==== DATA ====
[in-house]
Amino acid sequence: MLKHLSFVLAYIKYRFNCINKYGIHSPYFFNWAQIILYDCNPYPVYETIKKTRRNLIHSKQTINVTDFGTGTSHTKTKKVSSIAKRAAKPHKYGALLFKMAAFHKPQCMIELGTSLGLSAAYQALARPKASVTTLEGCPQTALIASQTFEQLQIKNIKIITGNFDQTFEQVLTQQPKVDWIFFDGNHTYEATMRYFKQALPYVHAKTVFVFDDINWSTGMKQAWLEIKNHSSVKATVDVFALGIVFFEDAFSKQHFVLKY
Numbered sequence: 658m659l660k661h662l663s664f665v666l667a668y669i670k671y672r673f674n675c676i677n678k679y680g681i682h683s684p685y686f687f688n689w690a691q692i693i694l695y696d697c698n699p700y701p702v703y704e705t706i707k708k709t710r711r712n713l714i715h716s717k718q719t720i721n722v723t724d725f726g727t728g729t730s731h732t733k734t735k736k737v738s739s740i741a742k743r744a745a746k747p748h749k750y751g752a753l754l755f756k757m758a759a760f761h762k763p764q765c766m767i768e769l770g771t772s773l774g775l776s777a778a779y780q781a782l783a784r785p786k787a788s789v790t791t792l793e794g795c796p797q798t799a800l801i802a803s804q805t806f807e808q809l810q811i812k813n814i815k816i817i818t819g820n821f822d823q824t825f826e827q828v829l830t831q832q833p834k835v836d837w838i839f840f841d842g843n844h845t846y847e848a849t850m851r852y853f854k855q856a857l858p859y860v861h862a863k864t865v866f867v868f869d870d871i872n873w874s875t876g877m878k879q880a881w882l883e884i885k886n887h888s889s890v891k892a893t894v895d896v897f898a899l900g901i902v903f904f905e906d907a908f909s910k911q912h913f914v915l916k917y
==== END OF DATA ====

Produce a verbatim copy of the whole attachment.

[in-house]
Amino acid sequence: MLKHLSFVLAYIKYRFNCINKYGIHSPYFFNWAQIILYDCNPYPVYETIKKTRRNLIHSKQTINVTDFGTGTSHTKTKKVSSIAKRAAKPHKYGALLFKMAAFHKPQCMIELGTSLGLSAAYQALARPKASVTTLEGCPQTALIASQTFEQLQIKNIKIITGNFDQTFEQVLTQQPKVDWIFFDGNHTYEATMRYFKQALPYVHAKTVFVFDDINWSTGMKQAWLEIKNHSSVKATVDVFALGIVFFEDAFSKQHFVLKY
Numbered sequence: 658m659l660k661h662l663s664f665v666l667a668y669i670k671y672r673f674n675c676i677n678k679y680g681i682h683s684p685y686f687f688n689w690a691q692i693i694l695y696d697c698n699p700y701p702v703y704e705t706i707k708k709t710r711r712n713l714i715h716s717k718q719t720i721n722v723t724d725f726g727t728g729t730s731h732t733k734t735k736k737v738s739s740i741a742k743r744a745a746k747p748h749k750y751g752a753l754l755f756k757m758a759a760f761h762k763p764q765c766m767i768e769l770g771t772s773l774g775l776s777a778a779y780q781a782l783a784r785p786k787a788s789v790t791t792l793e794g795c796p797q798t799a800l801i802a803s804q805t806f807e808q809l810q811i812k813n814i815k816i817i818t819g820n821f822d823q824t825f826e827q828v829l830t831q832q833p834k835v836d837w838i839f840f841d842g843n844h845t846y847e848a849t850m851r852y853f854k855q856a857l858p859y860v861h862a863k864t865v866f867v868f869d870d871i872n873w874s875t876g877m878k879q880a881w882l883e884i885k886n887h888s889s890v891k892a893t894v895d896v897f898a899l900g901i902v903f904f905e906d907a908f909s910k911q912h913f914v915l916k917y